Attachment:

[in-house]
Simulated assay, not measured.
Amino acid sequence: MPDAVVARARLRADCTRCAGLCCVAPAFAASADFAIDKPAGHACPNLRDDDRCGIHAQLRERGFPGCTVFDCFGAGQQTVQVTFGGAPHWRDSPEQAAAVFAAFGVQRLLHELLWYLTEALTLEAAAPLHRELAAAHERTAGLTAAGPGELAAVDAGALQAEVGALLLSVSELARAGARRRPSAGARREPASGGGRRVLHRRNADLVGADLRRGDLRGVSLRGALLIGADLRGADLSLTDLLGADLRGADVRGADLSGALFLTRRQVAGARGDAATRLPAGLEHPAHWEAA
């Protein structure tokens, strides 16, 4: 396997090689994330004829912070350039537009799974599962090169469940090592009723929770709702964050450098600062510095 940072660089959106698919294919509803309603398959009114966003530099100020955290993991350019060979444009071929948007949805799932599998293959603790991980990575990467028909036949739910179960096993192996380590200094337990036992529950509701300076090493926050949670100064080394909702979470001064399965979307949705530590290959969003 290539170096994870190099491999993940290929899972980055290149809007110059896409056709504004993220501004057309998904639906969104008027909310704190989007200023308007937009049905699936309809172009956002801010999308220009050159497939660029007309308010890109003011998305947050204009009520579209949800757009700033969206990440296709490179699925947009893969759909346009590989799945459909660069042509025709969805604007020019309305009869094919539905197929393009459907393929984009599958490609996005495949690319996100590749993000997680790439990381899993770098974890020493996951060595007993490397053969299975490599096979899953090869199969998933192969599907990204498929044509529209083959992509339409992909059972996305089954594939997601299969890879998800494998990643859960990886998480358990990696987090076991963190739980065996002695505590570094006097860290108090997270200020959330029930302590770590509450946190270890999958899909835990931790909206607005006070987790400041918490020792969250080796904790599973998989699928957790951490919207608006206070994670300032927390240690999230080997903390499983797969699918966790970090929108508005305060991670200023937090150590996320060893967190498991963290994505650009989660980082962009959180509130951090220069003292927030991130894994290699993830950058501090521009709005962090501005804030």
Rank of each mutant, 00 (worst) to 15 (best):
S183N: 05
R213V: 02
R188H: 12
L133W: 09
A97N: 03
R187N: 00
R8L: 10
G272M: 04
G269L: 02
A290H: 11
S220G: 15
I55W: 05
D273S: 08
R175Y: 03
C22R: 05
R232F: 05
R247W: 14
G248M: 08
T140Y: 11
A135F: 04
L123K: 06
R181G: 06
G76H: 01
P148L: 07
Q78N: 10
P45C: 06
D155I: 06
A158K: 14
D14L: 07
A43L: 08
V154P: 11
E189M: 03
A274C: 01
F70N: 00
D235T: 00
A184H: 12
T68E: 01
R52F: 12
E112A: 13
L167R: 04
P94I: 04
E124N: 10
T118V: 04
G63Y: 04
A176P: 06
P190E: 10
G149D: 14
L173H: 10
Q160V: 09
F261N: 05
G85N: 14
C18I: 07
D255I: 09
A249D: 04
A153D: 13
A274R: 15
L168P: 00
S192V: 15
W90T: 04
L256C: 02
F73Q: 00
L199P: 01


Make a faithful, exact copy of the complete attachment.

[in-house]
Simulated assay, not measured.
Amino acid sequence: MPDAVVARARLRADCTRCAGLCCVAPAFAASADFAIDKPAGHACPNLRDDDRCGIHAQLRERGFPGCTVFDCFGAGQQTVQVTFGGAPHWRDSPEQAAAVFAAFGVQRLLHELLWYLTEALTLEAAAPLHRELAAAHERTAGLTAAGPGELAAVDAGALQAEVGALLLSVSELARAGARRRPSAGARREPASGGGRRVLHRRNADLVGADLRRGDLRGVSLRGALLIGADLRGADLSLTDLLGADLRGADVRGADLSGALFLTRRQVAGARGDAATRLPAGLEHPAHWEAA
């Protein structure tokens, strides 16, 4: 396997090689994330004829912070350039537009799974599962090169469940090592009723929770709702964050450098600062510095 940072660089959106698919294919509803309603398959009114966003530099100020955290993991350019060979444009071929948007949805799932599998293959603790991980990575990467028909036949739910179960096993192996380590200094337990036992529950509701300076090493926050949670100064080394909702979470001064399965979307949705530590290959969003 290539170096994870190099491999993940290929899972980055290149809007110059896409056709504004993220501004057309998904639906969104008027909310704190989007200023308007937009049905699936309809172009956002801010999308220009050159497939660029007309308010890109003011998305947050204009009520579209949800757009700033969206990440296709490179699925947009893969759909346009590989799945459909660069042509025709969805604007020019309305009869094919539905197929393009459907393929984009599958490609996005495949690319996100590749993000997680790439990381899993770098974890020493996951060595007993490397053969299975490599096979899953090869199969998933192969599907990204498929044509529209083959992509339409992909059972996305089954594939997601299969890879998800494998990643859960990886998480358990990696987090076991963190739980065996002695505590570094006097860290108090997270200020959330029930302590770590509450946190270890999958899909835990931790909206607005006070987790400041918490020792969250080796904790599973998989699928957790951490919207608006206070994670300032927390240690999230080997903390499983797969699918966790970090929108508005305060991670200023937090150590996320060893967190498991963290994505650009989660980082962009959180509130951090220069003292927030991130894994290699993830950058501090521009709005962090501005804030």
Rank of each mutant, 00 (worst) to 15 (best):
S183N: 05
R213V: 02
R188H: 12
L133W: 09
A97N: 03
R187N: 00
R8L: 10
G272M: 04
G269L: 02
A290H: 11
S220G: 15
I55W: 05
D273S: 08
R175Y: 03
C22R: 05
R232F: 05
R247W: 14
G248M: 08
T140Y: 11
A135F: 04
L123K: 06
R181G: 06
G76H: 01
P148L: 07
Q78N: 10
P45C: 06
D155I: 06
A158K: 14
D14L: 07
A43L: 08
V154P: 11
E189M: 03
A274C: 01
F70N: 00
D235T: 00
A184H: 12
T68E: 01
R52F: 12
E112A: 13
L167R: 04
P94I: 04
E124N: 10
T118V: 04
G63Y: 04
A176P: 06
P190E: 10
G149D: 14
L173H: 10
Q160V: 09
F261N: 05
G85N: 14
C18I: 07
D255I: 09
A249D: 04
A153D: 13
A274R: 15
L168P: 00
S192V: 15
W90T: 04
L256C: 02
F73Q: 00
L199P: 01